WC Countdown: Group F – Sweden

Onto the last team in the last group, which is Sweden! This is where I’m from so please excuse any potential bias. All jokes aside, this preview will wrap up my WWC Wednesdays, which I’ve taken so much pleasure in doing, and we’ll now be looking forward to an amazing month of football in France!

Sweden is a consistent contender at the World Cup, and haven’t missed a single tournament so far. They’ve always done quite well, but haven’t been very consistent. They’ve ended up with two bronze, one at the inaugural edition in China in 1991, as well as in Germany in 2011 and they’ve also hosted it once, in 1995. They struggled for good results at the last World Cup and the Euros 2017 wasn’t their year either, but they did grab a silver medal at the Olympics 2016, having beaten both the USA and Brazil on their way to the final against Germany.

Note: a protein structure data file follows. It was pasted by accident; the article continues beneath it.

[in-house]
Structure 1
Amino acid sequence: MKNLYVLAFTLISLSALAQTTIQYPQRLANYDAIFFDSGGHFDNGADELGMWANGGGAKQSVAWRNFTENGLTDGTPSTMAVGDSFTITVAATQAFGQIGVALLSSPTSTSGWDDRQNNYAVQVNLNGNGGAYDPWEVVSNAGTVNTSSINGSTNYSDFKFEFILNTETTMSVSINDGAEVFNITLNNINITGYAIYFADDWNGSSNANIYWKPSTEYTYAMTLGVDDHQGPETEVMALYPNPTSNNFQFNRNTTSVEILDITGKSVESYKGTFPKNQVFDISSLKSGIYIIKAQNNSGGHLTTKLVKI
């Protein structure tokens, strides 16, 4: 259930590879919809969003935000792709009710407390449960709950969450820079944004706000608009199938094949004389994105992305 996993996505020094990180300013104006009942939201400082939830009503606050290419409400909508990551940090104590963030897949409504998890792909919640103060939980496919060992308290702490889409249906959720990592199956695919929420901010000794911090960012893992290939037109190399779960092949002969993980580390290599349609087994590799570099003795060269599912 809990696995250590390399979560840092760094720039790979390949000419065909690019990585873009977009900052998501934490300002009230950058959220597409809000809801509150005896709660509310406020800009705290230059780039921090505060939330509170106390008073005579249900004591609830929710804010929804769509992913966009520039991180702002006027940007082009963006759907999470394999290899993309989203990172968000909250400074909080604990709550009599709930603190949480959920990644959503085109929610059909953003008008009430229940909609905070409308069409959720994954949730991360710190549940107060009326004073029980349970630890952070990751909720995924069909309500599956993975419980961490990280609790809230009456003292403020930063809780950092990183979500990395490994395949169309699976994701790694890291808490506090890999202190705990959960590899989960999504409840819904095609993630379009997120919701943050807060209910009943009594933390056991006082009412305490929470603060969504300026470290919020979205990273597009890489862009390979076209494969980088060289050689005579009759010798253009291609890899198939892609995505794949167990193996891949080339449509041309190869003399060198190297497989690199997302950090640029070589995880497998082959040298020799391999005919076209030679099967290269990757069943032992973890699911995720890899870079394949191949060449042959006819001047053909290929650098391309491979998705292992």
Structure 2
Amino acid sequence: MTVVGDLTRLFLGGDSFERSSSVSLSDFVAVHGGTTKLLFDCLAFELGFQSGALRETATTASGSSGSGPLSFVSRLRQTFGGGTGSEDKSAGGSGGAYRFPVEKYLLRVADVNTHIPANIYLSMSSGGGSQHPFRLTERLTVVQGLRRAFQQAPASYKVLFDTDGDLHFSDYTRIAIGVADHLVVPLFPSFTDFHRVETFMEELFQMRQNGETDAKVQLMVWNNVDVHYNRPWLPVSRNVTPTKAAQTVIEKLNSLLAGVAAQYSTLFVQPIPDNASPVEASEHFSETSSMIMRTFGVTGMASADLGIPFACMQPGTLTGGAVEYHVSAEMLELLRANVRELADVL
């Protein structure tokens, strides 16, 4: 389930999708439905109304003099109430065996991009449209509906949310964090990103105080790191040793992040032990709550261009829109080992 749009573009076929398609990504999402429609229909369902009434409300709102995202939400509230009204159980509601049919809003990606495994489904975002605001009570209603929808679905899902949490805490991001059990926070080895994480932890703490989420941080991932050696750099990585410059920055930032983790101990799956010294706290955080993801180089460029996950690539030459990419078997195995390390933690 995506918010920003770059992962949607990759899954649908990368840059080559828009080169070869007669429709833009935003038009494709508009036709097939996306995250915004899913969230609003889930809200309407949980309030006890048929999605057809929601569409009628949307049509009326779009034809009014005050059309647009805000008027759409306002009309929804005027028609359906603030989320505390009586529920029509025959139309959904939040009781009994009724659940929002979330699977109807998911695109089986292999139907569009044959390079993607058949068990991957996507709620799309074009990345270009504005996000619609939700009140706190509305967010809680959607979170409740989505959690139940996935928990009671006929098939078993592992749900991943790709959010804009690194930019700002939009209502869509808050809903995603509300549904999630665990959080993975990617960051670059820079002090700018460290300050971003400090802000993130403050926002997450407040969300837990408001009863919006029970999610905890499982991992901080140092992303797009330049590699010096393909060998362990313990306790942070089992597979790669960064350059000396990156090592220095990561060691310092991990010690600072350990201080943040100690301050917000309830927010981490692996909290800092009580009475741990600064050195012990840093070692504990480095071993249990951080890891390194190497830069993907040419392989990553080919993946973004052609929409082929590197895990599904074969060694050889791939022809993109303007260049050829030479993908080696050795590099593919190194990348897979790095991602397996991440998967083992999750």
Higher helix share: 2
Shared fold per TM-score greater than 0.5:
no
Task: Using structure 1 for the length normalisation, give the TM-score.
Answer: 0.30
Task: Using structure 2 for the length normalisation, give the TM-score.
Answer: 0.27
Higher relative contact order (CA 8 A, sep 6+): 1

Their qualification route to the World Cup was quite straightforward, and they won all of their matches except for a loss against Ukraine, but they beat Hungary, Croatia and Denmark to qualify for the tournament.

The Swedish team tends to play and exist in a very collective aura, meaning that they do not really have any players that stand out from the crowd as extraordinary, but their strength rather lies in the fact that they play well together, especially since the very unfortunate retirement of Lotta Schelin, one of the most outstanding forwards in Sweden but also in the rest of Europe. But even so, there are some cogs in the team worth mentioning. Stina Blackstenius is the young and energetic forward, with three goals in seven appearances during the qualifying, who was the top scorer in the U-19 World Cup four years ago and the only goalscorer in that quarterfinal victory against the US who also got a goal against Germany in the final. Other attacking players to keep an eye out for are Olivia Schough, Sofia Jacobsson, 21-year-old Julia Zigiotti-Olme and of course – Kosovare Asllani. Kosse, as she’s called, is the creative force that Sweden can rely on in the midfield, and she’s going to be an important source of goals.